Hyped by a seductively surreptitious $35 million marketing campaign, a new version of the Mini hit U.S. showrooms last week with a base sticker price of $17,000 that echoes the spirit of the original (1960 price: $1,700). The new Mini is produced by BMW, which bought struggling Mini maker Rover in 1994. The standard Mini has always been underpowered, but auto critics are raving about a zippier new 163-h.p. version, available this summer. Want electronic navigation or a six-speaker CD player? No problem. Personalize it with 100 color and trim combinations, from shift knobs to stripes and fender flares.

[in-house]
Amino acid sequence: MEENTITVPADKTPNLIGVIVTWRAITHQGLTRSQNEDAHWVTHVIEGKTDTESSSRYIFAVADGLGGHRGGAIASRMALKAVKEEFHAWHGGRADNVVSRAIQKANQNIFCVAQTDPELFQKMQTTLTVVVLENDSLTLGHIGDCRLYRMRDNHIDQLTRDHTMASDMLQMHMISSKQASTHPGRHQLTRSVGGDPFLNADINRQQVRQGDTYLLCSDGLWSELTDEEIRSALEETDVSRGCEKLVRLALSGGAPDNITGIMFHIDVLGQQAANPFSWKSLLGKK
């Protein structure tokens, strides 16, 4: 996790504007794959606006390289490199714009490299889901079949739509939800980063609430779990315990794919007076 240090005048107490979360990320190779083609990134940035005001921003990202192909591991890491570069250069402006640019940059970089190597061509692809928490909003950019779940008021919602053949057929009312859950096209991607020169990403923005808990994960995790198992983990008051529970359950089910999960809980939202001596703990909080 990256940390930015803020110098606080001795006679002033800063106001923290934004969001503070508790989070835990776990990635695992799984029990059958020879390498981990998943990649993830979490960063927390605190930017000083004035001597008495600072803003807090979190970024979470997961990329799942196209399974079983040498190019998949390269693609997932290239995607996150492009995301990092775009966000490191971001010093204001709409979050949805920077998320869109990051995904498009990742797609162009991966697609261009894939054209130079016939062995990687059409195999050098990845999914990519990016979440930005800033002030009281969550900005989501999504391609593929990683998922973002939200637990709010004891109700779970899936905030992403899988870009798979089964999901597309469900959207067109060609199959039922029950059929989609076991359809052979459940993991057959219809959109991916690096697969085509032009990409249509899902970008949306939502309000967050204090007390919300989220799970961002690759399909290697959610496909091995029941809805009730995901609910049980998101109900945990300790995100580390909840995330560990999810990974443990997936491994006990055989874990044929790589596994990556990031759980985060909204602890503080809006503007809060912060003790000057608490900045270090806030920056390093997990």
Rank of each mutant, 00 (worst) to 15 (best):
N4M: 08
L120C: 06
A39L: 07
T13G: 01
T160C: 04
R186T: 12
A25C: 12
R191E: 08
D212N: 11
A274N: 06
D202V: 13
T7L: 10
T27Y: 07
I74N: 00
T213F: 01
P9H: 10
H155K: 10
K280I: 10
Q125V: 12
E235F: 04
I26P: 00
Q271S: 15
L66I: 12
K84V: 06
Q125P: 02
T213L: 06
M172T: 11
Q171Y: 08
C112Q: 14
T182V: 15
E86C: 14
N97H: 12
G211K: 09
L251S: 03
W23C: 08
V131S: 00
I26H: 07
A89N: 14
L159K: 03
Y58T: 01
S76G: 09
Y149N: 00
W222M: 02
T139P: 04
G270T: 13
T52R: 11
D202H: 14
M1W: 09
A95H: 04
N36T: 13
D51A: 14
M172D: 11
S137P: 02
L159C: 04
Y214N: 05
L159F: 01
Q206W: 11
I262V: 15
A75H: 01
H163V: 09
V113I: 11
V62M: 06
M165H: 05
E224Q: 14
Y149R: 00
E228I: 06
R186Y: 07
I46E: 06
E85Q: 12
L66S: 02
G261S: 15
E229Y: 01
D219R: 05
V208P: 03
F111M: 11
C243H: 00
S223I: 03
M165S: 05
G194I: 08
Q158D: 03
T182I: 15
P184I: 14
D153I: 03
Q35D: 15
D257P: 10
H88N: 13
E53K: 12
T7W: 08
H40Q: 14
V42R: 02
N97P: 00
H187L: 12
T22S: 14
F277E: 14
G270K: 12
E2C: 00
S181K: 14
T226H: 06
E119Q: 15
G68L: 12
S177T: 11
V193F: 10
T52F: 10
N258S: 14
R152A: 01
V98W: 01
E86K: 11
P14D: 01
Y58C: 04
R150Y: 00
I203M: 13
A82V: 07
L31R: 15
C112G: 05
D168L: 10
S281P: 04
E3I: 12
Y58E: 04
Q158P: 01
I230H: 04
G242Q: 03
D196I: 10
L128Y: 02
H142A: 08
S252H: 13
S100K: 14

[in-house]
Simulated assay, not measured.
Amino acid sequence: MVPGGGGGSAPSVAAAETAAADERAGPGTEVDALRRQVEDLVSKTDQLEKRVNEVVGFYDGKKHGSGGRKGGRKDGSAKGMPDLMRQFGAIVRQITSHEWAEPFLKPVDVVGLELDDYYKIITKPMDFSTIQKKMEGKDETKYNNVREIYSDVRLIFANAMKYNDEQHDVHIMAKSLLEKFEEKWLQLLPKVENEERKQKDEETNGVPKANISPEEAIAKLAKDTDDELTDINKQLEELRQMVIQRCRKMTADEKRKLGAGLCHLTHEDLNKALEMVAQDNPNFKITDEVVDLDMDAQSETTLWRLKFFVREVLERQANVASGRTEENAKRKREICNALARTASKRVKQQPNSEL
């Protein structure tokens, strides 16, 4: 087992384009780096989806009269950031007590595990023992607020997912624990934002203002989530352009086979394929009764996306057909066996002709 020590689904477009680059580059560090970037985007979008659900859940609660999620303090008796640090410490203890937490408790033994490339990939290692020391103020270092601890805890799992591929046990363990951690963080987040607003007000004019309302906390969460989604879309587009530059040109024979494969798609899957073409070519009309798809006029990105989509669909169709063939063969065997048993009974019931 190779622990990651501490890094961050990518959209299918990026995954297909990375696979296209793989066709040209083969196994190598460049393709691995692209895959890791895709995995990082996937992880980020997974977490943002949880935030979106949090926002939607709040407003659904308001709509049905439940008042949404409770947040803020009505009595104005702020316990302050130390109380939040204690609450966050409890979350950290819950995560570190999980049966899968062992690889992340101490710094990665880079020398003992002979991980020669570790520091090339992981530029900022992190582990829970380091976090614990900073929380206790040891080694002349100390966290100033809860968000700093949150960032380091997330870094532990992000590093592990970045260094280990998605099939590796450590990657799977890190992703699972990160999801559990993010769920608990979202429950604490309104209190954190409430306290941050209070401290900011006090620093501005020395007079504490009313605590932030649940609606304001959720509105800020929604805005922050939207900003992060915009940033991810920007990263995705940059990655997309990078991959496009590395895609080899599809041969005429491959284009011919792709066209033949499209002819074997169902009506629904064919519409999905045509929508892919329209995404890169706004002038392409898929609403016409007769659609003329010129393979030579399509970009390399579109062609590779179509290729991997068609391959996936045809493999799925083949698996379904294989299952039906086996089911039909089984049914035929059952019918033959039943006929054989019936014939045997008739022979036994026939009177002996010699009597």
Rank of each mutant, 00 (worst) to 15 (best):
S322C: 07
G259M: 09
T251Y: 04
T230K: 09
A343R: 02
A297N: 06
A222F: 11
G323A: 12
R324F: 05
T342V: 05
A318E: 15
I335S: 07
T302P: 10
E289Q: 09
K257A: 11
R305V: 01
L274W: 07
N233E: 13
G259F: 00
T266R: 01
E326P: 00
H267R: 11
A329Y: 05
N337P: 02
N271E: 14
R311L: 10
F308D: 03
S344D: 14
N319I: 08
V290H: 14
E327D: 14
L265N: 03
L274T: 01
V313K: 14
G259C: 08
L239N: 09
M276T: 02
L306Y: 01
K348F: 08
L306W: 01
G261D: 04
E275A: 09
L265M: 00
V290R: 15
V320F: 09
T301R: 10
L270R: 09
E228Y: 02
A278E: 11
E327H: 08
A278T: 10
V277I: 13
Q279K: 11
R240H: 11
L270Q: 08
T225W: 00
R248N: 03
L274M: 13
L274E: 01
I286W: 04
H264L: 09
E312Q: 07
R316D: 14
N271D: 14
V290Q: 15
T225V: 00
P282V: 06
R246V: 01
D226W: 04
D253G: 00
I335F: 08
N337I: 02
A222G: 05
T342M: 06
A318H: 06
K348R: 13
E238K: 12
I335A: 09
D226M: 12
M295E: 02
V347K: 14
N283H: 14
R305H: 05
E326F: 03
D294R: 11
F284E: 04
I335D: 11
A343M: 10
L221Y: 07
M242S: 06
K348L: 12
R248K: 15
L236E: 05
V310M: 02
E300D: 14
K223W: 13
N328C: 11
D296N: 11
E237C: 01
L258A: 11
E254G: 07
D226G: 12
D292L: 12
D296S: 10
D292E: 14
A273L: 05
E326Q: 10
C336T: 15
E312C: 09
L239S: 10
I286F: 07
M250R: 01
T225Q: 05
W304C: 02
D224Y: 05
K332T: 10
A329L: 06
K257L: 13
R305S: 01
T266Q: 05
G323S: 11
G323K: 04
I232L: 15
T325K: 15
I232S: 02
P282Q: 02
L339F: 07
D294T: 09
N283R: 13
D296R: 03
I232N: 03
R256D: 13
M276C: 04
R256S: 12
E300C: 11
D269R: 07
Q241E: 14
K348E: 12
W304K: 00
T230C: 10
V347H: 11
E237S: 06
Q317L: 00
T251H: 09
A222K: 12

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BMW had planned to ship only 20,000 Minis to the U.S. this year. But it says its cheeky ads have generated more interest than even a production increase could satisfy. In that case, the worst thing about the Mini may be the wait.